Sometimes shoppers prefer to shop at brick-and-mortar stores, rather than online, because vast product lists are hard to navigate. To make it easier for small businesses to connect customers with the products they want, New York-based Guidester recently launched an updated version of its free customizable decision making tool, which allows shoppers to narrow their search criteria based on product attributes such as price, brand, or features. 

Retailers provide Guidester with a data feed that includes product inventory and prices, then Guidester fills in the attribute data for each product.

For example, when shoppers visit an online electronics store to purchase a digital camera, they first see a list of all digital cameras the retailer has in stock. As they indicate their preferences -- say, a camera that has video capabilities, is for an intermediate photographer, and costs less than $300 -- Guidester automatically updates the list of products stocked by the retailer, so it only shows products meeting the shopper's criteria. Shoppers can keep adding criteria, until the list of suitable products is a manageable size.

While advertisers can pay for prominent placement in the resulting lists, only products that meet a shopper's criteria are displayed. Shoppers can also sort the resulting list by price, brand, or model.

Guidester tools are available for several product categories including computers, consumer electronics, cell phones, baby products, and apparel.

A Helping Hand from Google -- for Free

Through the end of the year, Google Checkout, a retail transaction service along the lines of PayPal (NASDAQ:EBAY), is not charging retailers for transaction fees.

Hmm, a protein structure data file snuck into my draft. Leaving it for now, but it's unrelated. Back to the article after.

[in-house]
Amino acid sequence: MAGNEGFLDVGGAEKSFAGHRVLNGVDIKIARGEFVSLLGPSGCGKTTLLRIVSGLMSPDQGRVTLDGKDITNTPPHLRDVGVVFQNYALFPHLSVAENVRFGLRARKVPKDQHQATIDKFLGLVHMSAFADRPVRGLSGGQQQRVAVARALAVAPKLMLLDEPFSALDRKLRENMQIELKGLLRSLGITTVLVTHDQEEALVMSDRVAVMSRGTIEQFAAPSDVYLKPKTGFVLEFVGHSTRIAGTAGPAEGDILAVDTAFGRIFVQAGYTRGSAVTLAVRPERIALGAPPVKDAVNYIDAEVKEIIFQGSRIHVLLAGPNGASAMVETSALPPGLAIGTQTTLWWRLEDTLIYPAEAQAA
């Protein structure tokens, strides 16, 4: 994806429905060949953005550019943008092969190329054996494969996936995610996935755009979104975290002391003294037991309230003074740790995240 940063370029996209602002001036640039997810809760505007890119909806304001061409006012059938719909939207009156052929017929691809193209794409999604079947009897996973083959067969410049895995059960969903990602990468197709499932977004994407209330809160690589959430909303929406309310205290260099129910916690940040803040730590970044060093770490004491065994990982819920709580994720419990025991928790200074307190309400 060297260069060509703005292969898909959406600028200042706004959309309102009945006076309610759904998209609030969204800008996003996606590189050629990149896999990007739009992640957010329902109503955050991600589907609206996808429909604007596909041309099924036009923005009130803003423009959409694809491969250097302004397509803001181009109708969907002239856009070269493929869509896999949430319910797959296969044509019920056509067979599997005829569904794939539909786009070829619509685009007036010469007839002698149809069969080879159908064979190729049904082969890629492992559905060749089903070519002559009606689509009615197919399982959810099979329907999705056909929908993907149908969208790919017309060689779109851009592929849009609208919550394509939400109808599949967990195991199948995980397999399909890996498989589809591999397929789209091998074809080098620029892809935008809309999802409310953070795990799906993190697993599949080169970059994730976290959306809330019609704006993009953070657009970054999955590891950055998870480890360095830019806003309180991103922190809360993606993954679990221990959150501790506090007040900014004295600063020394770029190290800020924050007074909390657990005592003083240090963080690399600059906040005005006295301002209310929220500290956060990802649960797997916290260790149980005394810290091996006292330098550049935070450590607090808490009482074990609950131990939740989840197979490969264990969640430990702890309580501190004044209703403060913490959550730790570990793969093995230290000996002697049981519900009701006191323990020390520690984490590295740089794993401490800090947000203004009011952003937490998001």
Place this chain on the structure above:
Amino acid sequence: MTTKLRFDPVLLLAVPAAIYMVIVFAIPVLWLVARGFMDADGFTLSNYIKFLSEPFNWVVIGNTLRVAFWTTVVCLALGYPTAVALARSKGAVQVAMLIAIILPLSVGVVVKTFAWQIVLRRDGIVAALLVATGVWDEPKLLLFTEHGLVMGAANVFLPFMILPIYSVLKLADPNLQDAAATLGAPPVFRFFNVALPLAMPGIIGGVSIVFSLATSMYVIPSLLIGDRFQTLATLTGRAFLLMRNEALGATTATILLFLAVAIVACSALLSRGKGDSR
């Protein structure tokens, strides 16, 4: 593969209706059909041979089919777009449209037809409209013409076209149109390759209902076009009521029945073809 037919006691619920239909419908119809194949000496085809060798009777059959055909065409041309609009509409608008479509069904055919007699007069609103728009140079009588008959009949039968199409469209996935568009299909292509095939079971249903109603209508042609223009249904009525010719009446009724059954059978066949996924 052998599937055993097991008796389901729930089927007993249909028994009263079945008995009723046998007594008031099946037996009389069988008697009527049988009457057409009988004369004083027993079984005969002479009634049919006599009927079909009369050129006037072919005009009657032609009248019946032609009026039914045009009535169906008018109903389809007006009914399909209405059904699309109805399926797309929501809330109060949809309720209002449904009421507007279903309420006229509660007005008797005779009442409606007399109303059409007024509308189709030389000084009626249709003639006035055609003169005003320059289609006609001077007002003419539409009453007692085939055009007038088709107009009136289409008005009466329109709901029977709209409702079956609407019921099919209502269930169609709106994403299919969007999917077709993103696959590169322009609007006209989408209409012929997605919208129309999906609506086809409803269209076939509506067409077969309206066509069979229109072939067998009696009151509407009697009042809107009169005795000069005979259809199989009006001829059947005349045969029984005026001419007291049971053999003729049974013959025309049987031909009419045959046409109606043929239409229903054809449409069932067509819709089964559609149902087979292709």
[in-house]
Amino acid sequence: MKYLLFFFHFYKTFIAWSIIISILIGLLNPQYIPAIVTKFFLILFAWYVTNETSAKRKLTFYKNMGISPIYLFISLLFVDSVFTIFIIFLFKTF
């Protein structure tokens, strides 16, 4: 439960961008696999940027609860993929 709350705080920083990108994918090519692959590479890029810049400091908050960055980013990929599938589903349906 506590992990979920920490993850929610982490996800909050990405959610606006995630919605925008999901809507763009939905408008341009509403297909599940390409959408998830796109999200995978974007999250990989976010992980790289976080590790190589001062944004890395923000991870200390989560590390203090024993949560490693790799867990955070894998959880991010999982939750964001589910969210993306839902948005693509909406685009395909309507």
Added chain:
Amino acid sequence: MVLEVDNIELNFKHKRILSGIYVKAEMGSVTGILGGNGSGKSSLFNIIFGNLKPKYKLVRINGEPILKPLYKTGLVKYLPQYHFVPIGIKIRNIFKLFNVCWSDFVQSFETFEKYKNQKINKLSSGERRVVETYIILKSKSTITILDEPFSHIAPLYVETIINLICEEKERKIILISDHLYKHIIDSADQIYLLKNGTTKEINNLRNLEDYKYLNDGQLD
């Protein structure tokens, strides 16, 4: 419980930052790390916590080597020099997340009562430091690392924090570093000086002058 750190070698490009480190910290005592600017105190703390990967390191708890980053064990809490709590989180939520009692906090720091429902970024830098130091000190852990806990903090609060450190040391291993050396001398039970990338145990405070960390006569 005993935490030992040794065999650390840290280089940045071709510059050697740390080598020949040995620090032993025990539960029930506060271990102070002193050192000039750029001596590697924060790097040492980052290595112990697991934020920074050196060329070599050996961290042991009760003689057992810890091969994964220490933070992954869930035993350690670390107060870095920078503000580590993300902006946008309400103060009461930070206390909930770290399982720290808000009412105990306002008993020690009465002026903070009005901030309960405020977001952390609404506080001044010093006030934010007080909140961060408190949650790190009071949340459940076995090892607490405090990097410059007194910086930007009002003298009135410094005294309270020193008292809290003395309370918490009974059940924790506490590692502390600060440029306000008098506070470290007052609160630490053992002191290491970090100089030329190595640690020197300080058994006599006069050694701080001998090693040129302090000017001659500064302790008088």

Google Checkout protects retailers from chargebacks and invalid orders, while providing shoppers with a single login they can use to make purchases and track orders from all websites which use the service. To encourage customers to use this service, retailers can add Google (NASDAQ:GOOG)  Checkout badges to their AdWords ads.

Google Checkout's usual transaction fees are 2 percent plus $0.20 per transaction, and AdWords advertisers earn free transaction processing for $10 of sales for every $1 they spend on AdWords.

A Helping Hand from Amazon

Amazon (NASDAQ:AMZN) this week released a trio of services to help Amazon Associates jazz-up their websites.

Associates, who run affiliated sites that feature select Amazon products, can use Amazon's aStore tool to build an online storefront that includes Amazon products and shopping features such as Customer Reviews and Wish Lists.

Associates can also personalize their site and display products based on a customer's purchase history using Amazon's Omkase Links tool. A product-preview tool allows customers to view product information from without leaving the affiliate's website

Through Dec. 31, associates using these tools will receive referral fees up to 8.5 percent when visitors to their sites click through to complete a purchase on Amazon's site.